How do you determine when to use which proposition? (in on at...)

Its easy to say I'm sitting on a box or in a box

But sometimes its confusing

Like for example, do you say -I'm in school Or -I'm at school

-there was an accident on this road Or -there was an accident at this road

  • at means the surroundings of the dam, and on means over the dam surface.
    – Schwale
    Commented Feb 5, 2016 at 13:22

3 Answers 3


Do you drive on the road or at the road?

there was an accident on Dam Neck Road

means somewhere along that road

there was an accident at Dam Neck Road

would mean you are already on a different road which crosses Dam Neck Road and the accident was where the two roads intersect (as you point in the direction of Dam Neck Road)

If there was a specific location

There was an accident at Dam Neck Road and River Street

it would signify the location of the intersection

Additional examples

There is an accident on highway 247
There is an accident on the bridge (this one is tricky)
There is an accident on the off ramp at junction 64

There is an accident at junction 64 on highway 247
There is an accident at the bridge (this one is tricky)
There is an accident at the traffic light


At refers to a specific location, a point on the geography...

... at the intersection of Broad Street and Maple Avenue.

On refers to the road as a surface or as a route.

There was some debris on the road.

We are on the road that takes us into the city.

Thus, we cannot say not OK "there was an accident at the road" not OK because the road is never a point. The road is analogous to a line, straight or curvy.

P.S. But as Peter indicates in his answer, if you're traveling on Broad Street and reach Maple Avenue, where there is an accident at the intersection, you can say:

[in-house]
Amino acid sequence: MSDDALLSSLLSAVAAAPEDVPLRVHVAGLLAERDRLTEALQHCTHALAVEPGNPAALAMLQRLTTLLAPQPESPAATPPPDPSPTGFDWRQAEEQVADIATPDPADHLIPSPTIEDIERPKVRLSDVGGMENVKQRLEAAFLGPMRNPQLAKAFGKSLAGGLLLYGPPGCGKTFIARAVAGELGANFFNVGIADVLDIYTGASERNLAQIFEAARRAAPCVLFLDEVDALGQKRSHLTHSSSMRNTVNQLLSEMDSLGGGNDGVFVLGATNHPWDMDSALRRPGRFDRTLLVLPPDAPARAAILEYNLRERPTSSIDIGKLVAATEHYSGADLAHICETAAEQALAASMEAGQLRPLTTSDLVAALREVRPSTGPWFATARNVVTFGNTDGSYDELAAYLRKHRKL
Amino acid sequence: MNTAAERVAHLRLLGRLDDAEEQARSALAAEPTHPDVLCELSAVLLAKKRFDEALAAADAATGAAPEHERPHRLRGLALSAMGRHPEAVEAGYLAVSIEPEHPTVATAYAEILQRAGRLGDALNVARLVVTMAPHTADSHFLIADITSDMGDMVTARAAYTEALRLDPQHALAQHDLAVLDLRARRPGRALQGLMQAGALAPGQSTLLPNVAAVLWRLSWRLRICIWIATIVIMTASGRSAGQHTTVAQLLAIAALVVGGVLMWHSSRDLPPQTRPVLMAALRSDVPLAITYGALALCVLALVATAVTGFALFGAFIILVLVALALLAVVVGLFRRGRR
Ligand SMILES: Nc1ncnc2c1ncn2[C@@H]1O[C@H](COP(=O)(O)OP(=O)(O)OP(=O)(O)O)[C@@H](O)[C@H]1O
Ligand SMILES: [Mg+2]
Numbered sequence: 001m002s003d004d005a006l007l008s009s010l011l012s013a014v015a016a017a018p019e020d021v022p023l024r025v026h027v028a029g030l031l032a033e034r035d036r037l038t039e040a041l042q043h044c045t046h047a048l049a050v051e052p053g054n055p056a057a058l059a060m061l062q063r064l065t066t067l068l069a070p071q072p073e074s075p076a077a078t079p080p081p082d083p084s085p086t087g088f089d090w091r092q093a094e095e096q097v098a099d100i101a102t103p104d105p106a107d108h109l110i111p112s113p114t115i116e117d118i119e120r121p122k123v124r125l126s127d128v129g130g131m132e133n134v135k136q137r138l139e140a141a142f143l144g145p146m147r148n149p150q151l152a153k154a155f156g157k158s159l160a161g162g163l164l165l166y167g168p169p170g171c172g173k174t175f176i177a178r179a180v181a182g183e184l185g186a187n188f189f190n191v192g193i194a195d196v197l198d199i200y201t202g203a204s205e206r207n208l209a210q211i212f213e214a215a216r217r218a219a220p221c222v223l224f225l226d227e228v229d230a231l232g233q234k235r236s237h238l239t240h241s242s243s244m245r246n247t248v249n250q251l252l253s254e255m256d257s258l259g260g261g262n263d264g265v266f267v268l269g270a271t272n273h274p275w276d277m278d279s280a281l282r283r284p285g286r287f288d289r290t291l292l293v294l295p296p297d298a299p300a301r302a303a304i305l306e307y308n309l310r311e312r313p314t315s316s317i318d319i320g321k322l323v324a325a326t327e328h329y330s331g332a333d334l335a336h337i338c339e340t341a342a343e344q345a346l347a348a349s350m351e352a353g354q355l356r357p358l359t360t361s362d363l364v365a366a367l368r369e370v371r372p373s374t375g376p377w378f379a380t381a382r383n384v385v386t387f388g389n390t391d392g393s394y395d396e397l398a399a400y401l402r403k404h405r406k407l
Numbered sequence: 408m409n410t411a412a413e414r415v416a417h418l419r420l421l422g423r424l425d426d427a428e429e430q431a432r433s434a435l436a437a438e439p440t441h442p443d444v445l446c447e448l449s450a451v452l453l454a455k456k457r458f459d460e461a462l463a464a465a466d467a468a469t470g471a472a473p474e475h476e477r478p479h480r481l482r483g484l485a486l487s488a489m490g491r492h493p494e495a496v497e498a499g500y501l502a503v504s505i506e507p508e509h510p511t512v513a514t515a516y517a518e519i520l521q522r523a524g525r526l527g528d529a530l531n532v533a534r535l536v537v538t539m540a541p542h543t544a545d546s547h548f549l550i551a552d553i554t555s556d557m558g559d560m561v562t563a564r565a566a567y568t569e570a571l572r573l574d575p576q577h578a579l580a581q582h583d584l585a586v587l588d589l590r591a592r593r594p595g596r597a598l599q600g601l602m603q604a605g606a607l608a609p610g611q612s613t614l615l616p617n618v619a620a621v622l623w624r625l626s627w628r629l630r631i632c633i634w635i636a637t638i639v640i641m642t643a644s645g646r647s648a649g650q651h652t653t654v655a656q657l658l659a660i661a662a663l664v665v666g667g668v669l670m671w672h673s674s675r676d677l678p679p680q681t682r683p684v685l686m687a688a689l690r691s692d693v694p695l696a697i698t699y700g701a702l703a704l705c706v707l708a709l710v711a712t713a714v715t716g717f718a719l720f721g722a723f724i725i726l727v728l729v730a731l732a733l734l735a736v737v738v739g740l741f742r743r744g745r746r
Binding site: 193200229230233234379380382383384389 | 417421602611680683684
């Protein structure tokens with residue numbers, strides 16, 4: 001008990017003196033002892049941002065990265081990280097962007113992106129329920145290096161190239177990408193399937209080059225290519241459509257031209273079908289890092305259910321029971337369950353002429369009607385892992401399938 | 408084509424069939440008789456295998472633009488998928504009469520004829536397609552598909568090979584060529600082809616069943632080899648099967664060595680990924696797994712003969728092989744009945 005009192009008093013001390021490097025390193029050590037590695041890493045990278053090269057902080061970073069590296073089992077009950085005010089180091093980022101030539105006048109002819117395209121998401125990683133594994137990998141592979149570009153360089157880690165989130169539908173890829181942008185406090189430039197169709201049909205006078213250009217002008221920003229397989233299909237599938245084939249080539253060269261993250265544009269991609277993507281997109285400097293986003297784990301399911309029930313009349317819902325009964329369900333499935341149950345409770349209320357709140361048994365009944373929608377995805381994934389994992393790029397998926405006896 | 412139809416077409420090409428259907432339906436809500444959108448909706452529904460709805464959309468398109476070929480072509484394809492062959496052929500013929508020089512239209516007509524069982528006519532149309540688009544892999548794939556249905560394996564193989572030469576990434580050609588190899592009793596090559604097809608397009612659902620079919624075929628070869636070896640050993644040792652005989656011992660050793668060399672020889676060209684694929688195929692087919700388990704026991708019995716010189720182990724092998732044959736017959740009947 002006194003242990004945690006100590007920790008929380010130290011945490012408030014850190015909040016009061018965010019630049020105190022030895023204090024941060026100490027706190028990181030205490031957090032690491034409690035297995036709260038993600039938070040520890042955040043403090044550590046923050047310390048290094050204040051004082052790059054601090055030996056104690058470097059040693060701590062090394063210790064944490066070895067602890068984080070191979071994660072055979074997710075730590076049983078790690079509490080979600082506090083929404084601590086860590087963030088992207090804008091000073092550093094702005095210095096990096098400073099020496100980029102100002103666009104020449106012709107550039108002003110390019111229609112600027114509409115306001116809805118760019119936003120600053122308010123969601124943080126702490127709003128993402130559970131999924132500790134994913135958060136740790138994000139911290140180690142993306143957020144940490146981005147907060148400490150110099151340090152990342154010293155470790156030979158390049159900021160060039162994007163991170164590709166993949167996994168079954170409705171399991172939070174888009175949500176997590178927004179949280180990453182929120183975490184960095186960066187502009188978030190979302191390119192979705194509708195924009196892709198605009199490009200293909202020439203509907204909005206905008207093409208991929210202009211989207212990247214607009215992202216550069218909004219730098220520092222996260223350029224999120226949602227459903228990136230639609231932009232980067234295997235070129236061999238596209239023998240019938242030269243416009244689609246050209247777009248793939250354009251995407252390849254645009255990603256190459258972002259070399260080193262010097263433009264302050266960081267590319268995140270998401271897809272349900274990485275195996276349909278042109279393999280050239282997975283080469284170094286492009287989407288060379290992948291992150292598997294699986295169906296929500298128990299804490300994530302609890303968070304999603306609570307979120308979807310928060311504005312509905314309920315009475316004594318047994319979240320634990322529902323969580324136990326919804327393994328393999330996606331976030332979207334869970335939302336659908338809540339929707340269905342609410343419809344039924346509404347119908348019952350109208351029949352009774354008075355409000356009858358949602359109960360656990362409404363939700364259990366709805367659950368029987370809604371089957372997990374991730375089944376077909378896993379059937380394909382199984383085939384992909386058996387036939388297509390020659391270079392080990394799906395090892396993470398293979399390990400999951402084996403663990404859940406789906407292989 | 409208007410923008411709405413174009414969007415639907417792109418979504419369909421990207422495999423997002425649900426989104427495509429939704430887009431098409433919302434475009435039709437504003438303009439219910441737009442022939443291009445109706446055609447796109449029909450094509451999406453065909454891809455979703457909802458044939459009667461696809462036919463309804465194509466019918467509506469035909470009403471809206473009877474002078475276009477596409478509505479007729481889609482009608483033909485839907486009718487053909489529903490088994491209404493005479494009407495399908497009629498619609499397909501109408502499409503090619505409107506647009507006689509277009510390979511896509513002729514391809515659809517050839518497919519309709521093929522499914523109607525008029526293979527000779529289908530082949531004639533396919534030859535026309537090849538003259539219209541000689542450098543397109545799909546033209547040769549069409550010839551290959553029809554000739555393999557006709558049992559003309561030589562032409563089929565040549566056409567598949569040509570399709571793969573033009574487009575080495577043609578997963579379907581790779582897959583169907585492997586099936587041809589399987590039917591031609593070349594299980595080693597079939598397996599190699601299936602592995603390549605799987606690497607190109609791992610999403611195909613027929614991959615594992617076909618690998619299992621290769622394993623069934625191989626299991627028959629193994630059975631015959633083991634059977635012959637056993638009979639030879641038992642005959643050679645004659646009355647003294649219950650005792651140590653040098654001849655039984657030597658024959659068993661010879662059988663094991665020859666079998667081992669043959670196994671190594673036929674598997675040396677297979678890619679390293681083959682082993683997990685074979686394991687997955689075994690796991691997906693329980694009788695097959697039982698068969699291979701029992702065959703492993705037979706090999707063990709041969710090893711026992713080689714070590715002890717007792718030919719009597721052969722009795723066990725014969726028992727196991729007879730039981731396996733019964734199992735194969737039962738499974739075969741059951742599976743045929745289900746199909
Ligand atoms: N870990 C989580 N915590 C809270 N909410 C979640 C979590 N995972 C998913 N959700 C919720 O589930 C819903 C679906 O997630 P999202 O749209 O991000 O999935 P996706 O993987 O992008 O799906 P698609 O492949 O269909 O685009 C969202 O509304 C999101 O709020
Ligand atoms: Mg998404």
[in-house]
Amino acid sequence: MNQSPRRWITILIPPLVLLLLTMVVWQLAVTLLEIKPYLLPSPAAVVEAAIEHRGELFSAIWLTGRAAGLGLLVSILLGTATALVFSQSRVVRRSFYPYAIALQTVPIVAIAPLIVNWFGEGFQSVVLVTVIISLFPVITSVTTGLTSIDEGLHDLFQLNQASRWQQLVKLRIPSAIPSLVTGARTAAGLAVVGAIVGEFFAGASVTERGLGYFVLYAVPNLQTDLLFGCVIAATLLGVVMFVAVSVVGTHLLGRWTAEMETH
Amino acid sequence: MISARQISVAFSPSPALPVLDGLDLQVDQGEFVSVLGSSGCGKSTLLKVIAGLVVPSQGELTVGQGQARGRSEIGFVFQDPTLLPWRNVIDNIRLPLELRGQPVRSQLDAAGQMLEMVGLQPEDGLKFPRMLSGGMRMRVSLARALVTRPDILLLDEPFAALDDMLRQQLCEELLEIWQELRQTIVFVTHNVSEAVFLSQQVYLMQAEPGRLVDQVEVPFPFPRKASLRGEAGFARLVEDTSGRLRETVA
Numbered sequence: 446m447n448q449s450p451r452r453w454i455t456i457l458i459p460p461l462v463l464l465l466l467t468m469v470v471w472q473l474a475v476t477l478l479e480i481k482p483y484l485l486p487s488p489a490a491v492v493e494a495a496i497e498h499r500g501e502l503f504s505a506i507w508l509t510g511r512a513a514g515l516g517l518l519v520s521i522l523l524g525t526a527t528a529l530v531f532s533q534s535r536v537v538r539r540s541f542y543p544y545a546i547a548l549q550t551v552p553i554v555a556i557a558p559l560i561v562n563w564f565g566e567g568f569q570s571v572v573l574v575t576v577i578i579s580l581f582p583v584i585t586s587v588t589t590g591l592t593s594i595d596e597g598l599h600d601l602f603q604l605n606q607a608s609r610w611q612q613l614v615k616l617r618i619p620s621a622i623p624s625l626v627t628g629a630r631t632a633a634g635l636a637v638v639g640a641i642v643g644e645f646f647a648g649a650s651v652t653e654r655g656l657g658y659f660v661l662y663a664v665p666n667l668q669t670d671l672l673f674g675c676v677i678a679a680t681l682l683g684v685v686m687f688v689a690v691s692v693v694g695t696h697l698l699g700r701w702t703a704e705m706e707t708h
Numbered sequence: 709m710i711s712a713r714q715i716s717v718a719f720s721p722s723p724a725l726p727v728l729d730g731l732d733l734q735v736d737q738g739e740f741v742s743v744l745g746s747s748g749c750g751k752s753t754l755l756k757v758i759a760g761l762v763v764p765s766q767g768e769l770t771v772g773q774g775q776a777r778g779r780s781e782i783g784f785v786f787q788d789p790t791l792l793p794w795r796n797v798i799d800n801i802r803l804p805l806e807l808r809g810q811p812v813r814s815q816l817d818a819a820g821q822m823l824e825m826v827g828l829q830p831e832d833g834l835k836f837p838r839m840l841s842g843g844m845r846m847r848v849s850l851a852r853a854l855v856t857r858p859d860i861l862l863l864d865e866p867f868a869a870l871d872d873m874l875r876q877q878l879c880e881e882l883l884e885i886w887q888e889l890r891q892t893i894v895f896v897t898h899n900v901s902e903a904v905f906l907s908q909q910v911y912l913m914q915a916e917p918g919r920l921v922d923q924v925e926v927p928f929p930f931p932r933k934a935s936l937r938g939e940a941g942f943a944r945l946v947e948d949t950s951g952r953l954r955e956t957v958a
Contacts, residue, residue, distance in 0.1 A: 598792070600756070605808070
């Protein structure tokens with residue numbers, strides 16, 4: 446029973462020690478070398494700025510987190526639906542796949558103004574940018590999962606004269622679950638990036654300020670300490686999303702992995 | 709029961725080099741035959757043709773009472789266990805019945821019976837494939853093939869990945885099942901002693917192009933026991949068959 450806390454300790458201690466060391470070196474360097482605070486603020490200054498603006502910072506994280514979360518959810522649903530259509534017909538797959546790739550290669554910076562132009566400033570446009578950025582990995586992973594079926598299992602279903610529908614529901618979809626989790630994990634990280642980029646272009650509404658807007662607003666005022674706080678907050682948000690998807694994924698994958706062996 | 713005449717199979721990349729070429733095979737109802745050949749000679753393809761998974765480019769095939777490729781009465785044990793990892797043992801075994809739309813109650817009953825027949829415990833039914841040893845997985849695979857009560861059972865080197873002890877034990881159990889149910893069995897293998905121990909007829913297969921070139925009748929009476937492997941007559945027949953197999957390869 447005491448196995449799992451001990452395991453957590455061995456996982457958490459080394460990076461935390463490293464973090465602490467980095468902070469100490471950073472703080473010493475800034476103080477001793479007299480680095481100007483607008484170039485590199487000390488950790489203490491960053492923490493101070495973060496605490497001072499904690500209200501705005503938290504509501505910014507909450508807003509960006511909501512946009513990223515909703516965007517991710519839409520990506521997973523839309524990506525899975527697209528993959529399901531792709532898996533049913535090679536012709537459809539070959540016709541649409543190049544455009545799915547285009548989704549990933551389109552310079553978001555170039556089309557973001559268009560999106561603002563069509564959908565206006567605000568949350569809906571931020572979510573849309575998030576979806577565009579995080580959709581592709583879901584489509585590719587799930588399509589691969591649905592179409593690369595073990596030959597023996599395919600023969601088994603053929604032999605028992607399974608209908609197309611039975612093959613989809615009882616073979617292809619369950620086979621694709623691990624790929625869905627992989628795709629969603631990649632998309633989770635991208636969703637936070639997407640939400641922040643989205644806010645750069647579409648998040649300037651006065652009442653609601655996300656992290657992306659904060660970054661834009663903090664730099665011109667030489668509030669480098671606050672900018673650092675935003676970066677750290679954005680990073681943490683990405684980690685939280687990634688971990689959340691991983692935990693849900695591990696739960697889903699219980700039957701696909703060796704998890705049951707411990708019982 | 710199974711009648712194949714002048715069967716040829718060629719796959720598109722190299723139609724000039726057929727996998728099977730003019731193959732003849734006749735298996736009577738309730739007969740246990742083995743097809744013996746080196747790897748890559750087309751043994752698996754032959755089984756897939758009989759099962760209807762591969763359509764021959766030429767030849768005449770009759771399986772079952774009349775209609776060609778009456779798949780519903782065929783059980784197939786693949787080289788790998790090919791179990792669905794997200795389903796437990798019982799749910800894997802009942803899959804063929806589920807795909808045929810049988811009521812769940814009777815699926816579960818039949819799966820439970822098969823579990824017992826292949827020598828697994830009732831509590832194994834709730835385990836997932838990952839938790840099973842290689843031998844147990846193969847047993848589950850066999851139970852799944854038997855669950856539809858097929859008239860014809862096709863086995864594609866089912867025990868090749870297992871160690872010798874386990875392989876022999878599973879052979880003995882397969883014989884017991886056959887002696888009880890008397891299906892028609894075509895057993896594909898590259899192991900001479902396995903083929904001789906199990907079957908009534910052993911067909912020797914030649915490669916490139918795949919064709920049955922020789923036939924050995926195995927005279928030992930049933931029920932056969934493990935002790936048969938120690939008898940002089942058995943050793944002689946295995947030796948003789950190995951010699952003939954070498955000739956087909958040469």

There was an accident at Maple Avenue

But the sentence above requires the context that you were traveling on a road that intersects Maple Avenue; "at Maple Avenue" is there understood to mean "at the Maple Avenue intersection".



In X is appropriate if you are surrounded on most sides by X, such as in a container, building, etc.

On X is appropriate if you can physically be atop something, or to refer to flat surfaces. Typically you are on a road.

At X is appropriate if X is a place. The notion of a place is a logical construct and while usually associated to specific flat surfaces and buildings, it's a loose association - when we say X is at Y we don't care how X and Y are touching.

Some things can be both places and other things, so sometimes this distinction is blurry. For example, school is a place, as well as a building. So you can be at school or in school.

A road can be considered a place sometimes as well. Typically this happens when an intersection is involved or one cares more about someone or something's location (or place) than the physical orientation against the road.

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